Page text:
Joseph Hoyt

  • Joe graduated in May 2004 from Eastern Carolina University with a B.A. in Anthropology and a minor in Coastal and Marine Sciences. His primary underwater interest is in archaeology and shipwrecks. Although he aims toward a career as an underwater archaeologist or marine historian, he is open to any type of marine science.

    Joe grew up in Ohio on the shores of Lake Erie, exploring underwater by snorkel at the age of eight. By age 15, he advanced to a PADI Open Water scuba course. His first dives after certification were on an archaeological project through a course at Bowling Green University, where the class documented a shipwreck off Kelly’s Island. His interest piqued, Joe became a charter member of the Marine Archaeological Survey Team (MAST) and he participated in the mapping of several Lake Erie wrecks. Working with MAST led to an internship with Great Lakes Historical Society, where Joe helped establish the Lake Erie Shipwreck Research Center.

    Now 22, Joe is a NAUI instructor and has logged over 300 dives. Throughout his college years, Joe was active in his university’s diving program. He taught the basic scuba class at ECU for two years and is currently working on becoming an instructor trainer. In addition to several specialty certifications, Joe has technical diving certifications including nitrox, technical nitrox, decompression techniques, and trimix I and II.

    In 2001, Joe was invited to join NOAA (National Oceanic and Atmospheric Administration) and NURC (National Undersea Research Center) on the USS Monitor expedition as a safety diver. The Monitor rests at a depth of 240 feet off Cape Hatteras, North Carolina. The following year (after technical training, including trimix, in Canada), Joe returned as a bottom diver. He dove as a member of the bottom team with the Monitor expedition for two summers. Other projects Joe has worked on include fieldwork with NURC on the wreck of the Queen of Nassau (230‘ depth off Islamorada, Florida) and NOAA’s documentation of the wreck of the Cornelia B. Windiate in Thunder Bay Marine Sanctuary, Lake Huron (190‘ depth).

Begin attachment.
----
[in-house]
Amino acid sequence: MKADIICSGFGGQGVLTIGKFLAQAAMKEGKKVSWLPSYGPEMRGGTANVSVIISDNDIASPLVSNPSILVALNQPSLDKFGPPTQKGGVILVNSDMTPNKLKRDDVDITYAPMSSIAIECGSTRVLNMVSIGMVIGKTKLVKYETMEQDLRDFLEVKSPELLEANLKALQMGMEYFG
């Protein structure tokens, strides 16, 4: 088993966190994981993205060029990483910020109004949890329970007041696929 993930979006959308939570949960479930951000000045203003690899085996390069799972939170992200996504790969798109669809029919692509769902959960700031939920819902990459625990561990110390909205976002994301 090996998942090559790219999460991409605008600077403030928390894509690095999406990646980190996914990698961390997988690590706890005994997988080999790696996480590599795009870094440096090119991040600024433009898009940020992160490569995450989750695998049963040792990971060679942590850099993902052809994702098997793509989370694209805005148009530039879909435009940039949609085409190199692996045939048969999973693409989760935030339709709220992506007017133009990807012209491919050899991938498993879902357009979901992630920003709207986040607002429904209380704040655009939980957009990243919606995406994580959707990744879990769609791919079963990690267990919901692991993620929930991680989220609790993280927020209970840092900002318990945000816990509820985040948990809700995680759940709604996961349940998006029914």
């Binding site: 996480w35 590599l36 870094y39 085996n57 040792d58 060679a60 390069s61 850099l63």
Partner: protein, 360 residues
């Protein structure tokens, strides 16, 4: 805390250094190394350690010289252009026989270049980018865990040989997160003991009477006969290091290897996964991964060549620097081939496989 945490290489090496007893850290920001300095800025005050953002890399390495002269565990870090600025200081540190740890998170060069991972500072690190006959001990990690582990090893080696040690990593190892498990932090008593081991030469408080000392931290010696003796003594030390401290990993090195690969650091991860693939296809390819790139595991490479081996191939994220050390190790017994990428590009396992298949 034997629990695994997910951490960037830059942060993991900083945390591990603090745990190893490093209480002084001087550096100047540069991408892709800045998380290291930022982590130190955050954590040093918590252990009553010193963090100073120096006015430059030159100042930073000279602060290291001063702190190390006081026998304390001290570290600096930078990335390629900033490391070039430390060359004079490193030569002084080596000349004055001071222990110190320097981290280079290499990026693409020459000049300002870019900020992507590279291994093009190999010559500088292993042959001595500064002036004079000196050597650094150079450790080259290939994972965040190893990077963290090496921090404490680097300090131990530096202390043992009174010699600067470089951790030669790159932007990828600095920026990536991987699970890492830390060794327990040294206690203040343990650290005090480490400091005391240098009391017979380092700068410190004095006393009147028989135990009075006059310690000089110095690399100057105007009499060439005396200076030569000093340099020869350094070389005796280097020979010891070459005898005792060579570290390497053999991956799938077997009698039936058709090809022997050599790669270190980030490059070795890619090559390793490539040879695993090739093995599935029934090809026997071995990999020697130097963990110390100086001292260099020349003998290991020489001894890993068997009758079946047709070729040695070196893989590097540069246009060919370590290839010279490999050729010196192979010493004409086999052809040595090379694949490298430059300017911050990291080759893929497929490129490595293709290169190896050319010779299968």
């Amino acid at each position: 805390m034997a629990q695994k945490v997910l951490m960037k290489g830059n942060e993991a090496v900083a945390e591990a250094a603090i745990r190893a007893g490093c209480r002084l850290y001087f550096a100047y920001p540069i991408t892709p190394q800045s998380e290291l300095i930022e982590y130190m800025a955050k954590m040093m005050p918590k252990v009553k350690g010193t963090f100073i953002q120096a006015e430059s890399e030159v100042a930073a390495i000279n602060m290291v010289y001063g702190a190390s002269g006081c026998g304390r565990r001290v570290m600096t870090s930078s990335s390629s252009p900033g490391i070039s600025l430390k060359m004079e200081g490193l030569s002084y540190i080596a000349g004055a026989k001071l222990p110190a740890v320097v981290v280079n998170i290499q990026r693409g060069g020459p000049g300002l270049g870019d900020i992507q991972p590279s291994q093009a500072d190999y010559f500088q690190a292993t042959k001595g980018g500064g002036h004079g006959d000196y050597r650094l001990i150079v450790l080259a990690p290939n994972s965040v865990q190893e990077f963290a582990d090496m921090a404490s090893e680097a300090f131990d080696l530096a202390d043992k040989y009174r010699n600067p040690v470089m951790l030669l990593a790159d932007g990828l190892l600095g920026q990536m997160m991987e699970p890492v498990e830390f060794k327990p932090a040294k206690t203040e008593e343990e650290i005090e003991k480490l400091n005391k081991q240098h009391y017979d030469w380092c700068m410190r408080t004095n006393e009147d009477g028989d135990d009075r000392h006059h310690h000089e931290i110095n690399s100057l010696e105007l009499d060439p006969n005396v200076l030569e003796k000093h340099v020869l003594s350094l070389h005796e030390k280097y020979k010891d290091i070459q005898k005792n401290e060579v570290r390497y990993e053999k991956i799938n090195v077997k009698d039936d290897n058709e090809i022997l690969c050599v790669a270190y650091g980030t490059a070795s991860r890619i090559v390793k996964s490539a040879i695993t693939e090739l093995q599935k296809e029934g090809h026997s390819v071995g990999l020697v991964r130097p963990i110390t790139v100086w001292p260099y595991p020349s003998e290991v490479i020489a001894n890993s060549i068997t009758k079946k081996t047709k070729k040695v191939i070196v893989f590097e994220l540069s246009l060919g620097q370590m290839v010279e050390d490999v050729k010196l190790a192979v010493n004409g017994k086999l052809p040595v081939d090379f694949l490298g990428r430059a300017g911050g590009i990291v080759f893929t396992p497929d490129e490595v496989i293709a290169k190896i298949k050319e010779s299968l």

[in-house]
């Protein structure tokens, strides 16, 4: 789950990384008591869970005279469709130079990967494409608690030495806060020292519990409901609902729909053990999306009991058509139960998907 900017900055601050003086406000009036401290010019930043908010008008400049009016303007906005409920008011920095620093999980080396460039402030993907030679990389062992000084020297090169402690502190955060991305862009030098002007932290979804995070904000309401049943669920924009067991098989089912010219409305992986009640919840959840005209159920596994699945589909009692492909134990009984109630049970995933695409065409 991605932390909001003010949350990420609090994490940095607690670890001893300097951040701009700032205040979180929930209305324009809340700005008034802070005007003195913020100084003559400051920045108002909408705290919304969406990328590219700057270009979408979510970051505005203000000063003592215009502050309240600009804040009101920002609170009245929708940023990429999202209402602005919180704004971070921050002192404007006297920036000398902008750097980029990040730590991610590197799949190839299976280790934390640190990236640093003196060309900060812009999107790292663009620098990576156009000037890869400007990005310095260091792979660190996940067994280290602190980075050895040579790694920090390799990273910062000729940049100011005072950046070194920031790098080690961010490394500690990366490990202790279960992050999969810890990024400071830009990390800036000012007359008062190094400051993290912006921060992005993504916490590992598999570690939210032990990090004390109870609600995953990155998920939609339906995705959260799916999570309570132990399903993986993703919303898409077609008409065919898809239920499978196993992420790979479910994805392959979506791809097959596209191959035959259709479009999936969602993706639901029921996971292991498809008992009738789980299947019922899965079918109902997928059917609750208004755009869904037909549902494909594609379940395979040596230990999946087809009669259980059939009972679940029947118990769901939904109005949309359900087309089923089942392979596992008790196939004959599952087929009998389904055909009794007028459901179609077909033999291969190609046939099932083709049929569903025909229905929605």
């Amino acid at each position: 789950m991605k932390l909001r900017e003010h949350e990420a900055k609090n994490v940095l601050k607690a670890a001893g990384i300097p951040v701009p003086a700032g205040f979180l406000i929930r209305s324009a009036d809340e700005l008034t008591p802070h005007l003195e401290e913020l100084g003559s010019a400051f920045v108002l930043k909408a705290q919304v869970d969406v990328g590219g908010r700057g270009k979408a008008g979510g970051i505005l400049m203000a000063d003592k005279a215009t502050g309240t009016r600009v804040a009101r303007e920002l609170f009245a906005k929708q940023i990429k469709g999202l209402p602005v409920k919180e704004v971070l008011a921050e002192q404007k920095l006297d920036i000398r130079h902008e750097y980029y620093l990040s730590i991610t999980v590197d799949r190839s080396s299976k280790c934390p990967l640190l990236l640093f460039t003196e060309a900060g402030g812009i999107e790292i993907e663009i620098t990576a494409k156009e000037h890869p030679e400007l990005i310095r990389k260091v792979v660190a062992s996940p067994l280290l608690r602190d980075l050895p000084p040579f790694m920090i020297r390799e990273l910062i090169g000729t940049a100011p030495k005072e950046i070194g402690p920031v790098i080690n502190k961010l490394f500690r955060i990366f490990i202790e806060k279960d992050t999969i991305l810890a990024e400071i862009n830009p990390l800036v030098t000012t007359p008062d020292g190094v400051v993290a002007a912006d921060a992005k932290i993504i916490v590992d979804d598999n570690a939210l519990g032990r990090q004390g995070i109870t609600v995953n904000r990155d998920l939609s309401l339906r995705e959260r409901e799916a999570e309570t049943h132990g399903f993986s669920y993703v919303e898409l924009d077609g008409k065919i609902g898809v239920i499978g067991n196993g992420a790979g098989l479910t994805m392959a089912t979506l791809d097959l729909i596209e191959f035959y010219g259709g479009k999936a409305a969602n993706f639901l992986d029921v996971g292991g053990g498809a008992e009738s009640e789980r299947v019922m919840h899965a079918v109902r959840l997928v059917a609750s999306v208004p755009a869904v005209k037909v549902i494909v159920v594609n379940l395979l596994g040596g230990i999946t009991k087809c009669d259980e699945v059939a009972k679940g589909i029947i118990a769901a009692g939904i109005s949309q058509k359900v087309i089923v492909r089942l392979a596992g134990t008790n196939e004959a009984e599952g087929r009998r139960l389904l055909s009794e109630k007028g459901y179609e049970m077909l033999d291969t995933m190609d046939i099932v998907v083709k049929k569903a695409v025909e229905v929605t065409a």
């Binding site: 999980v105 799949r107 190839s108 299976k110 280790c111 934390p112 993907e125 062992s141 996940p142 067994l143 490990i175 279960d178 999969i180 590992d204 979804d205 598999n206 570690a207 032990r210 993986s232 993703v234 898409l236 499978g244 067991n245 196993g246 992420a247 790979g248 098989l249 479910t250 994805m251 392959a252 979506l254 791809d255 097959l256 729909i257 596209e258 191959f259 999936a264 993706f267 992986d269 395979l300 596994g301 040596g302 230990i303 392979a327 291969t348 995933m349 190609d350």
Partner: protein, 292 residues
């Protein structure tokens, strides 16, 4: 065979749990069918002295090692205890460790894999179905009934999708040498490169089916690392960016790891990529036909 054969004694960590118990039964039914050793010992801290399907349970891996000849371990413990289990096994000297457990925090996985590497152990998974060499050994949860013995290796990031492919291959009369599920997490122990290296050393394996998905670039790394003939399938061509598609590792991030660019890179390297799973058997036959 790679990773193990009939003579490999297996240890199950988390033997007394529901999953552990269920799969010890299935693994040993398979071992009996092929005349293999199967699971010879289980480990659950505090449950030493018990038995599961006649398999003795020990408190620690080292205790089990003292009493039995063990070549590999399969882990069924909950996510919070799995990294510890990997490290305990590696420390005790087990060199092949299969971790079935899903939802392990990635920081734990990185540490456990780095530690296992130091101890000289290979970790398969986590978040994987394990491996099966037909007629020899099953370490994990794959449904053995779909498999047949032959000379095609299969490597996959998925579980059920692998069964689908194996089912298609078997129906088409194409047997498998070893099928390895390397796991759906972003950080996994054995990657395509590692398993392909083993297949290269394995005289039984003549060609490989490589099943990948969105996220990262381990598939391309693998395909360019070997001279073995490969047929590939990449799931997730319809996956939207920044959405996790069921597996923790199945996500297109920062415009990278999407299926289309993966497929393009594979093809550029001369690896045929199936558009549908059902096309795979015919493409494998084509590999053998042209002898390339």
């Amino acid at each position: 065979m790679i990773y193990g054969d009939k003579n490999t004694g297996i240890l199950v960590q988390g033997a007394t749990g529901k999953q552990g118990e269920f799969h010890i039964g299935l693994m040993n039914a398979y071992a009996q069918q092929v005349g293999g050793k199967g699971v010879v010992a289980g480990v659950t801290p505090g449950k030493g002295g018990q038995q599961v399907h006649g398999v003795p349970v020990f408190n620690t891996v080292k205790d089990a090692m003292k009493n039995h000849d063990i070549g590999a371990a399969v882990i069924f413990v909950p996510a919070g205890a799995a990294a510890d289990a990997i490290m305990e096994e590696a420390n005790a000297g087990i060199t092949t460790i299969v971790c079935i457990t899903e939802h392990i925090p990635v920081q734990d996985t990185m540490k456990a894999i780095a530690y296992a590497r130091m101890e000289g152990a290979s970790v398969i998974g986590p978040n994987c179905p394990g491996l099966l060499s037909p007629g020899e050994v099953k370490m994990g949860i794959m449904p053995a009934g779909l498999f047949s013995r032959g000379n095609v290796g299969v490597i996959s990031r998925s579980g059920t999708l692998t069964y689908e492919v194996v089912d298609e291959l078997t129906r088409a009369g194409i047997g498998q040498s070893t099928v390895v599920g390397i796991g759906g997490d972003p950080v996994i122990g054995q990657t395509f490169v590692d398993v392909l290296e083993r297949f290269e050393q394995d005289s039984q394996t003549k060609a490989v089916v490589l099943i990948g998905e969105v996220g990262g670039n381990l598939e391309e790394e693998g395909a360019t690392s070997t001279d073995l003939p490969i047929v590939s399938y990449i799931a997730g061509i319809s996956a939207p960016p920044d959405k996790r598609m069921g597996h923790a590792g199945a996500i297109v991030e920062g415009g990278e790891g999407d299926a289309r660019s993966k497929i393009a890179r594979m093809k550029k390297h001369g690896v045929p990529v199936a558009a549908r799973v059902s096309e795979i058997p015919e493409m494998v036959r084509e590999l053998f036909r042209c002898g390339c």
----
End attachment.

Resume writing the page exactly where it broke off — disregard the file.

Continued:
Joe hopes to continue to teach safe diving practices and impress upon entry-level divers the profound effect they can have on cultural and environmental resources. He also plans to become certified to teach technical diving. Joe is eager to explore underwater archaeology and hopes to be an advocate to bridge the scientific community with the recreational diving community so that submerged cultural resources may be appreciated by all. During his scholarship year he hopes to draw on his background in anthropology to learn about cultures associated with underwater activities and the ways in which their marine resources could be protected.

    Joe has been going full steam since finishing his time as the 2004 North American Rolex Scholar. The majority of Joe’s time has been consumed with graduate school. Fortunately this has not prevented him from working in the water. While in school, Joe took part in several archaeological projects, taking him to the Great Lakes, North Carolina, Hawaii, Bermuda, and more.